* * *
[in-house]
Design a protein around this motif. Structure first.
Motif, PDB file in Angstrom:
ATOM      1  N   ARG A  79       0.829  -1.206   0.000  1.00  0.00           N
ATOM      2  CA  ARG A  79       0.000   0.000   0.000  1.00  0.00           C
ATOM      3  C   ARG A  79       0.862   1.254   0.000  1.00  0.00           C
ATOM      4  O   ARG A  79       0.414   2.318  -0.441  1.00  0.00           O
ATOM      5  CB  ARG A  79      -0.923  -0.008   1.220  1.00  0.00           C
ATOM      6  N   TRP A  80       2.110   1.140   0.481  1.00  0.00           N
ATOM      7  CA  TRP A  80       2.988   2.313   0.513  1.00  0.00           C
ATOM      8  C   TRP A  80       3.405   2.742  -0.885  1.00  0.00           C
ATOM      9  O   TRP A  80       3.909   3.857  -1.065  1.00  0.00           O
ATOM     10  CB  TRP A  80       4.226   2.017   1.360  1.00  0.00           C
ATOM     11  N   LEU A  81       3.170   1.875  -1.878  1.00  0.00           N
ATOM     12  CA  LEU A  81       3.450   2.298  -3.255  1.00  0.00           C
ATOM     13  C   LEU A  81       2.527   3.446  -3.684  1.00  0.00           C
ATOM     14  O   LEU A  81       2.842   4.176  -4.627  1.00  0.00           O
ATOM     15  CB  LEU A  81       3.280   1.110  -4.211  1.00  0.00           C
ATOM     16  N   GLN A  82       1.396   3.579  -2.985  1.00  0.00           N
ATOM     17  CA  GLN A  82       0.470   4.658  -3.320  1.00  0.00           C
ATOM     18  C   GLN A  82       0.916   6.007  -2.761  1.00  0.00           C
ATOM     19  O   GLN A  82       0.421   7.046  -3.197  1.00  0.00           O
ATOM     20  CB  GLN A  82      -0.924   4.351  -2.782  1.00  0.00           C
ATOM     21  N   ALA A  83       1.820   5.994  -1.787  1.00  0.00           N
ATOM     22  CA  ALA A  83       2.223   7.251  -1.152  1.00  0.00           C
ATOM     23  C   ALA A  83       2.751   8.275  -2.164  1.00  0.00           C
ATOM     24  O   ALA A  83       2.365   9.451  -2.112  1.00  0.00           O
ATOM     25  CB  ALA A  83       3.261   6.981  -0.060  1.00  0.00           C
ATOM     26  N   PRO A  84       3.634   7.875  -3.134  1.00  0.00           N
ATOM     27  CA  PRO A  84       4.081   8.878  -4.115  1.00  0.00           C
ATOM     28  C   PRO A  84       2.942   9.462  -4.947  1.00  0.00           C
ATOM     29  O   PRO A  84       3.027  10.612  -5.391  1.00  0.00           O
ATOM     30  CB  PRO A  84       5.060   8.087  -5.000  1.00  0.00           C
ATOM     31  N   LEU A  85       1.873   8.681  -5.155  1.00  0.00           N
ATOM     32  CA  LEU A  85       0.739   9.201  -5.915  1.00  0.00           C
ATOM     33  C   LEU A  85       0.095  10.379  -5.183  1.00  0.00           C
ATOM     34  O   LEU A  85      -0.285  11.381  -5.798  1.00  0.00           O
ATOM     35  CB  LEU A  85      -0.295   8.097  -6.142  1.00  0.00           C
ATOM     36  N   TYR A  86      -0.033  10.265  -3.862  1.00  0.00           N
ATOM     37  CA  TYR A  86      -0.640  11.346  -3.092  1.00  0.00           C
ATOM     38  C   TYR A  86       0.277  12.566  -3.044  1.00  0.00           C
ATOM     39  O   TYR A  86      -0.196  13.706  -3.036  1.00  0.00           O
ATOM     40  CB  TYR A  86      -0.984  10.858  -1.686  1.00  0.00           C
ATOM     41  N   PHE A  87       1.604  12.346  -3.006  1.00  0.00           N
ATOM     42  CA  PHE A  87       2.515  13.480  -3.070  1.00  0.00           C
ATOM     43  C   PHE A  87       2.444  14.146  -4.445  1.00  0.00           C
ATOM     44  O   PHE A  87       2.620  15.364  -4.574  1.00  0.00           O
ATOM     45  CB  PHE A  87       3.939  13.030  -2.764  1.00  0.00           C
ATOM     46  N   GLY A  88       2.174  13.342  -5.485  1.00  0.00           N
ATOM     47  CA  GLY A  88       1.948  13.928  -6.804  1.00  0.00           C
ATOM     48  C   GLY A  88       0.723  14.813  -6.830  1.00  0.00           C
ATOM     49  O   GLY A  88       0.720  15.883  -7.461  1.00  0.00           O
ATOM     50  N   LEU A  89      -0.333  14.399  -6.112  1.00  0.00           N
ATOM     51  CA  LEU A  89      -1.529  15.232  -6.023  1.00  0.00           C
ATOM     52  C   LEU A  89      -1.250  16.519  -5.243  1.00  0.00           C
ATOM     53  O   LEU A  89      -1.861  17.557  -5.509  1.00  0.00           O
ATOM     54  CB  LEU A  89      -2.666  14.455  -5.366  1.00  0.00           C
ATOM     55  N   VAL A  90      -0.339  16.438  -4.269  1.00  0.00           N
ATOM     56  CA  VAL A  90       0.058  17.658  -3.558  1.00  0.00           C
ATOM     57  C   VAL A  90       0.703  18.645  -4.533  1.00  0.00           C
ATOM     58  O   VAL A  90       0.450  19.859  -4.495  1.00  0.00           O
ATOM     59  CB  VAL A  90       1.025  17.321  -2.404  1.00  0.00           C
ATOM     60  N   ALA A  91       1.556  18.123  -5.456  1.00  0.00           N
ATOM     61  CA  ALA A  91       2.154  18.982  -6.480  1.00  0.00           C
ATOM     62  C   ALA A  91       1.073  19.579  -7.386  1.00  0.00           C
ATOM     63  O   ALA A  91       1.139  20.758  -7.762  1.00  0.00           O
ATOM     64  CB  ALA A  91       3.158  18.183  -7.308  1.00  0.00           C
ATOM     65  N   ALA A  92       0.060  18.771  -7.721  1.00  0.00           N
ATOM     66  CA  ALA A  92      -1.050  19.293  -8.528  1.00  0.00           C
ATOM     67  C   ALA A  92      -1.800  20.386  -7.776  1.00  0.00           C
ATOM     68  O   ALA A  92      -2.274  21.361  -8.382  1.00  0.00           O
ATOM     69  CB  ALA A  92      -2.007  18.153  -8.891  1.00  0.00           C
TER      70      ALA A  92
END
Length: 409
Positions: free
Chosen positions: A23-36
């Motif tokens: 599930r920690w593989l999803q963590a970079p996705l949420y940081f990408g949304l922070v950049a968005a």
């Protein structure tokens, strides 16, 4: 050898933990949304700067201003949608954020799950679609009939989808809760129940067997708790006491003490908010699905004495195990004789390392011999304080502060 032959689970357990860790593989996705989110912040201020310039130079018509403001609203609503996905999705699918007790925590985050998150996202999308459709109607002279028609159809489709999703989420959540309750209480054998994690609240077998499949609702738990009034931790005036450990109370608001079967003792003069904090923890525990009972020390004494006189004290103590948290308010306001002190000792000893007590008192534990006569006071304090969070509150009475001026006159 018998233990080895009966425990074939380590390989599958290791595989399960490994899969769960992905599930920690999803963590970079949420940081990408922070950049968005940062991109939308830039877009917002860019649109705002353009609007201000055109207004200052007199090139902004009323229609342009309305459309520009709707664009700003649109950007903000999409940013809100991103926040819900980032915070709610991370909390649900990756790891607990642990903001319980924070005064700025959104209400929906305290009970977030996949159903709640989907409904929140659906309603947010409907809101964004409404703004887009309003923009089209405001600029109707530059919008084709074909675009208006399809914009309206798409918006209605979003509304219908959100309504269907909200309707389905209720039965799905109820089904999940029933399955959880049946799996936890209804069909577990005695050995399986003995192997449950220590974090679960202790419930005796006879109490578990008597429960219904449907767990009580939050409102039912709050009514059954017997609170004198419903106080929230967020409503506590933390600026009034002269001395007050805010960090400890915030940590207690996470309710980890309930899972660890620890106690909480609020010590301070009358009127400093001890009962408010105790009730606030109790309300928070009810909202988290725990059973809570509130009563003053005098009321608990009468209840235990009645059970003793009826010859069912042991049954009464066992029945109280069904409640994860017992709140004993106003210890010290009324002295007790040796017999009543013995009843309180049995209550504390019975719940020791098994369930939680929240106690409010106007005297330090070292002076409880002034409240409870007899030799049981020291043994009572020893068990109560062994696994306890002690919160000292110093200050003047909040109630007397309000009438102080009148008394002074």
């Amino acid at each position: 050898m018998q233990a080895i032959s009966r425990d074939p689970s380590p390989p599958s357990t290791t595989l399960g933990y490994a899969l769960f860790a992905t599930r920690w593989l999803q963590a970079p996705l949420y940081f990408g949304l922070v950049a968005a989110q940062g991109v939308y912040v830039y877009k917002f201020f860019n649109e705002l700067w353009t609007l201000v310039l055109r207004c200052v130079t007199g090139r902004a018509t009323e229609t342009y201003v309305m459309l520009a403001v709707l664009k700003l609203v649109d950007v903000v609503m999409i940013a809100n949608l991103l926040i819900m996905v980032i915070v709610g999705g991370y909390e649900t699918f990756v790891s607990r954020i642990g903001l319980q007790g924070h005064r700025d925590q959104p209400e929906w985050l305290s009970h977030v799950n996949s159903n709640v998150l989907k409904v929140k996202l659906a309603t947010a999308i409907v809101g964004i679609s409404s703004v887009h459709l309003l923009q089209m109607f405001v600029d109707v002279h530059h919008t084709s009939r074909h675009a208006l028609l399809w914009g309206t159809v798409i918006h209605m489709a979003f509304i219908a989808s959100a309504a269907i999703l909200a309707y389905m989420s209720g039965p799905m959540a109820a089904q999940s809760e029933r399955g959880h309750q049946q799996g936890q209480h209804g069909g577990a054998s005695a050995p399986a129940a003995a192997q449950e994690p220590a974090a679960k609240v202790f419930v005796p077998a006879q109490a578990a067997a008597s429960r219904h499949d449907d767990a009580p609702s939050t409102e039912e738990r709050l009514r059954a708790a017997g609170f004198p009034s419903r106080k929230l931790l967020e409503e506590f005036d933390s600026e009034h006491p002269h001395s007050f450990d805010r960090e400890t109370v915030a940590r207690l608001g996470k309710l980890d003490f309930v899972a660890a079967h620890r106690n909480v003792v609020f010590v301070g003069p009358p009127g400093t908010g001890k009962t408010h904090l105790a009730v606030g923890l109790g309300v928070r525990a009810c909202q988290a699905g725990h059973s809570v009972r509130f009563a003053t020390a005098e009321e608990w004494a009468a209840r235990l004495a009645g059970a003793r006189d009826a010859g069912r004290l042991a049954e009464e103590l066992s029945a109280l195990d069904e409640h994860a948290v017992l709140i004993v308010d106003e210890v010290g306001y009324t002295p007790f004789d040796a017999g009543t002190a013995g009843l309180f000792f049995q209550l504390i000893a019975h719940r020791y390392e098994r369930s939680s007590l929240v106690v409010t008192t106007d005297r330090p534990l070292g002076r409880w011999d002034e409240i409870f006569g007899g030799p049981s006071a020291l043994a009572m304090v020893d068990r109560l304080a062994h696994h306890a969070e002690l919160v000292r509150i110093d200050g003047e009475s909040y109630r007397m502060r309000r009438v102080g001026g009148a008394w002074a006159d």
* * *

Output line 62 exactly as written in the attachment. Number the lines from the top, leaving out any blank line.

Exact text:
ATOM     59  CB  VAL A  90       1.025  17.321  -2.404  1.00  0.00           C